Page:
740.00119 Control (Rumania)/3–645
The American Representative in Rumania (Berry) to the Deputy Peopled Commissar for Foreign Affairs of the Soviet Union (Vyshinsky)68
Dear Mr. Vyshinsky: I was informed that you had arrived in Bucharest yesterday and I had hoped to be able to see you today to greet you and pass on to you information that I have received concerning the attitude of the American Government upon certain political problems in Rumania. As I understand that you are occupied and will be unable to see me today, I am taking this means to bring to your attention this information, reserving for a later date the pleasure of welcoming you personally upon your return to Bucharest.
According to instructions I have received from the American Government, my Government is of the opinion that:
- A coalition government representing all political groups and social classes is the most suitable means of effecting a representative administration in Rumania at the present time. Until the people have had the opportunity to express their will in free elections, the American Government would not desire to see an exclusively National Peasant or exclusively National Democratic Front Government, and we [Page 487] would particularly deplore the use or display of force or any political chicanery to bring any group into power.
- Attempts to bring about administrative changes by disorderly means or by the use of force or intimidation should not be tolerated. On the other hand, encouragement should be given any endeavor looking to the establishment of procedures whereby local and general elections may be held on the basis of free and secret ballot or other democratic means.
- No political group or organization should be permitted to remain in the possession of arms. All instruments of force should be at the disposition of the governmental authorities. Every care should be exercised to ensure that these authorities have at their disposal adequate forces and equipment to maintain internal order.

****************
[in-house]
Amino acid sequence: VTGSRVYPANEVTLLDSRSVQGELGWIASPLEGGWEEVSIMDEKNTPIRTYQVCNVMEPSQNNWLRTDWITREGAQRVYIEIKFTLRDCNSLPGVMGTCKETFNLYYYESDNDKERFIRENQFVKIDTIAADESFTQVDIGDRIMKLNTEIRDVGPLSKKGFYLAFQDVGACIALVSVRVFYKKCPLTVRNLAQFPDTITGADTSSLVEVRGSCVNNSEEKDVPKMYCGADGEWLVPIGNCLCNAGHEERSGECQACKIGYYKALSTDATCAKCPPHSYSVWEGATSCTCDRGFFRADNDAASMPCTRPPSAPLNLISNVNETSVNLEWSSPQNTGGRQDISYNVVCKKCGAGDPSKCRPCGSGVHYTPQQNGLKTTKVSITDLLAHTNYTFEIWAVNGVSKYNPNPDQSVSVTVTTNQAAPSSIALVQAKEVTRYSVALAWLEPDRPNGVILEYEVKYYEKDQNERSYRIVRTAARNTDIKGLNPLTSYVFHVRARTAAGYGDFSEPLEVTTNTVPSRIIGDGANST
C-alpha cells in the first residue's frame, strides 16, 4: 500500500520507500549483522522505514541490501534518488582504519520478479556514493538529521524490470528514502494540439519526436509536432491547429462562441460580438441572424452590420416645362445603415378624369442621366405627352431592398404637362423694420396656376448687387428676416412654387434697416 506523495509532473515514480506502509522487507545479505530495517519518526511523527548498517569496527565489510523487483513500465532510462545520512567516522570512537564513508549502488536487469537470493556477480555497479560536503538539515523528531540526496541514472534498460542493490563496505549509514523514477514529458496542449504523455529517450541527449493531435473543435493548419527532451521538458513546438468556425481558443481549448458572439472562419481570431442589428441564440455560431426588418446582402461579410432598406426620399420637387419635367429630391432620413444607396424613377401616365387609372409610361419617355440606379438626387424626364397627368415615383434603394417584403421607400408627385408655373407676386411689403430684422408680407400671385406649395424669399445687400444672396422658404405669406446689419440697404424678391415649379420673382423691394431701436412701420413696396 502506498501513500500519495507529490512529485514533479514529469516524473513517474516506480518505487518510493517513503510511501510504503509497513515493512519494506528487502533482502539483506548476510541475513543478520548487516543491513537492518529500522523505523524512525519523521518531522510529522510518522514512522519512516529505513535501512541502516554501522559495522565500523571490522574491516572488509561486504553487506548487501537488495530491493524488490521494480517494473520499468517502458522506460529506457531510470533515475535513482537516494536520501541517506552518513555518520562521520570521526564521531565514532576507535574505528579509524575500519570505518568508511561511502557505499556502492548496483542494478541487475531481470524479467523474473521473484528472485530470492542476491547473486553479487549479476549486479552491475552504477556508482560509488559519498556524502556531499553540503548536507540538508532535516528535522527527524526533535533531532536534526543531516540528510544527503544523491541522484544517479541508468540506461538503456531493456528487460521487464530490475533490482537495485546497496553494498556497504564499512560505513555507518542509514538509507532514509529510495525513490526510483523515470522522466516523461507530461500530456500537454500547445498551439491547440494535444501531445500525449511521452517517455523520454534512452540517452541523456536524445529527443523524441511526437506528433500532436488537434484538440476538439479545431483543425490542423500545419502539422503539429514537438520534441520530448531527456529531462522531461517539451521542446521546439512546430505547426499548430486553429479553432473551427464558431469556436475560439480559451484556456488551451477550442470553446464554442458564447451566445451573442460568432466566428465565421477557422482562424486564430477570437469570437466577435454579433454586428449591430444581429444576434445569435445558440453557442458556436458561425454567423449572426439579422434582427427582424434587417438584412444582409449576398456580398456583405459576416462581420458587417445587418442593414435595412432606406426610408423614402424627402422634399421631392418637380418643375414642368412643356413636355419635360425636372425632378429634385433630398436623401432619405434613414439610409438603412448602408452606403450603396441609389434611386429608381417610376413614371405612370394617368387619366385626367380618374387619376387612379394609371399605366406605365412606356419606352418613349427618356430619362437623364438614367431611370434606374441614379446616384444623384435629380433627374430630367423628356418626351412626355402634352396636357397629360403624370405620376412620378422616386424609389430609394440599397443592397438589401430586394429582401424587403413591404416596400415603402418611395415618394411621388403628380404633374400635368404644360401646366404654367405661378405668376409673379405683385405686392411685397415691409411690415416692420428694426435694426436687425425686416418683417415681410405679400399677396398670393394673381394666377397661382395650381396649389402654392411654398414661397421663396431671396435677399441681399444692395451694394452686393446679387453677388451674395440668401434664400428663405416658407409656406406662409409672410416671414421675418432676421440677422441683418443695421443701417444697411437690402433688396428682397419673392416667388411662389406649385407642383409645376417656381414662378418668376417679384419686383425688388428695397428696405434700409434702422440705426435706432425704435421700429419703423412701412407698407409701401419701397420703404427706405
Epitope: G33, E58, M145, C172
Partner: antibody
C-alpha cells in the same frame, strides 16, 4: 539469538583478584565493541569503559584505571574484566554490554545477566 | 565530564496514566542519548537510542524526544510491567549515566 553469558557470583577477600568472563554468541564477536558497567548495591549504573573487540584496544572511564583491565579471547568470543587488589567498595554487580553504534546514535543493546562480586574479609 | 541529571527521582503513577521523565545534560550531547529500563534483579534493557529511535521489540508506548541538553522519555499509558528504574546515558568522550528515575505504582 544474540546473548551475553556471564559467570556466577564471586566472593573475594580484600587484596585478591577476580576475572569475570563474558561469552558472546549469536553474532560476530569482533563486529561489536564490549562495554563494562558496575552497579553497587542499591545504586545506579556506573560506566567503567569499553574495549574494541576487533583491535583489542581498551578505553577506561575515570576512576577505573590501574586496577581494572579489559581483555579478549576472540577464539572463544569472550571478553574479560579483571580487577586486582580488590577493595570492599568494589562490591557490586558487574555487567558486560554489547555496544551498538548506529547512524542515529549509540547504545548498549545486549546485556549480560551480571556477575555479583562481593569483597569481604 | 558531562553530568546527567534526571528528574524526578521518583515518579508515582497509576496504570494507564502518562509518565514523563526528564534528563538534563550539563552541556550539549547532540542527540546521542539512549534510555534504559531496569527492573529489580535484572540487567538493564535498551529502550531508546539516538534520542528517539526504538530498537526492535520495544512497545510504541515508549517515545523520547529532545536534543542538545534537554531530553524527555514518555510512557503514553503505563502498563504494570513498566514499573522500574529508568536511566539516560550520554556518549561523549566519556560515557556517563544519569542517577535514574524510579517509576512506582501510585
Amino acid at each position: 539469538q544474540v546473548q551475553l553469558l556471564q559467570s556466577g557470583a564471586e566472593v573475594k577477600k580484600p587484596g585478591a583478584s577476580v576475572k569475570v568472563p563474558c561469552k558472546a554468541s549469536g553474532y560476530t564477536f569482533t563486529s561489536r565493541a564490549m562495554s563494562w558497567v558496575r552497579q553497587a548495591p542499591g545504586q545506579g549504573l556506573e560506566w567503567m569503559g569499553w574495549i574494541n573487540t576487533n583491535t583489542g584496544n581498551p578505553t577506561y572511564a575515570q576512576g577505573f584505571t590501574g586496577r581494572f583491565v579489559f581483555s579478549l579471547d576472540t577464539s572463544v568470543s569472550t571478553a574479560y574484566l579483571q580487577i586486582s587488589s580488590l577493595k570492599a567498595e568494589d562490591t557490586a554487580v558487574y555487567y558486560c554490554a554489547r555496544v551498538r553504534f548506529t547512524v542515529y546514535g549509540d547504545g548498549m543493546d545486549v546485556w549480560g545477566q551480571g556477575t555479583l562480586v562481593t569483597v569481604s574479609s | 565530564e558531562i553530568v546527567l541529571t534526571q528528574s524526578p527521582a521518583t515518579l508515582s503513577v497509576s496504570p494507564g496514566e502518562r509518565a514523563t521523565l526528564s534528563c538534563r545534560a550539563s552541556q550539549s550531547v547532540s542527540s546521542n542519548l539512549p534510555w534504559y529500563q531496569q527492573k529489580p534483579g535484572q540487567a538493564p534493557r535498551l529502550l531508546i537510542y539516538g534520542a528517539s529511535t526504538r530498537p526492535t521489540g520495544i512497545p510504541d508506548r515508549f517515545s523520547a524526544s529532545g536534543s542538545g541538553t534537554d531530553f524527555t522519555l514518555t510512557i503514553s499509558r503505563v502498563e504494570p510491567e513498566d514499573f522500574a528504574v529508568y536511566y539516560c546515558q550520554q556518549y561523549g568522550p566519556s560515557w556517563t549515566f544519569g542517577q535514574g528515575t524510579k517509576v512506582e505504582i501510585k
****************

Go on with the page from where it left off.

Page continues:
Yours very sincerely,
- Telegram 145, February 28, 1945, 5 p.m., from Bucharest, reported that Berry had tried all day without success to see Vyshinsky, and, failing that, had written to Vyshinsky along the lines set forth in Department’s instructions (740.00119 Control (Rumania)/2–2845). A copy of Berry’s letter was transmitted to the Department as enclosure 1 to D–147, March 6, 1945, from Bucharest, not printed. The position of the United States Government with regard to the situation in Rumania as set forth in Berry’s letter was repeated in a letter of February 28 from General Schuyler to General Vinogradov, not printed. Schuyler’s letter, the text of which was transmitted in his message M 483, February 28, to the War Department, not printed, also invited attention to the fact that in conformance with the spirit of the Yalta Declaration on Liberated Europe, all instructions and directives involving matters of policy implementing the Declaration that might be issued in the name of the Allied Control Commission for Rumania should be issued only after consultation among the Soviet, American, and British members of the Commission. Schuyler expressed his readiness to discuss the action to be taken by the Commission which would insure a concert of policies on the part of the respective governments while assisting the Rumanian people in the formation of a stable and representative government (Department of Defense Files)↩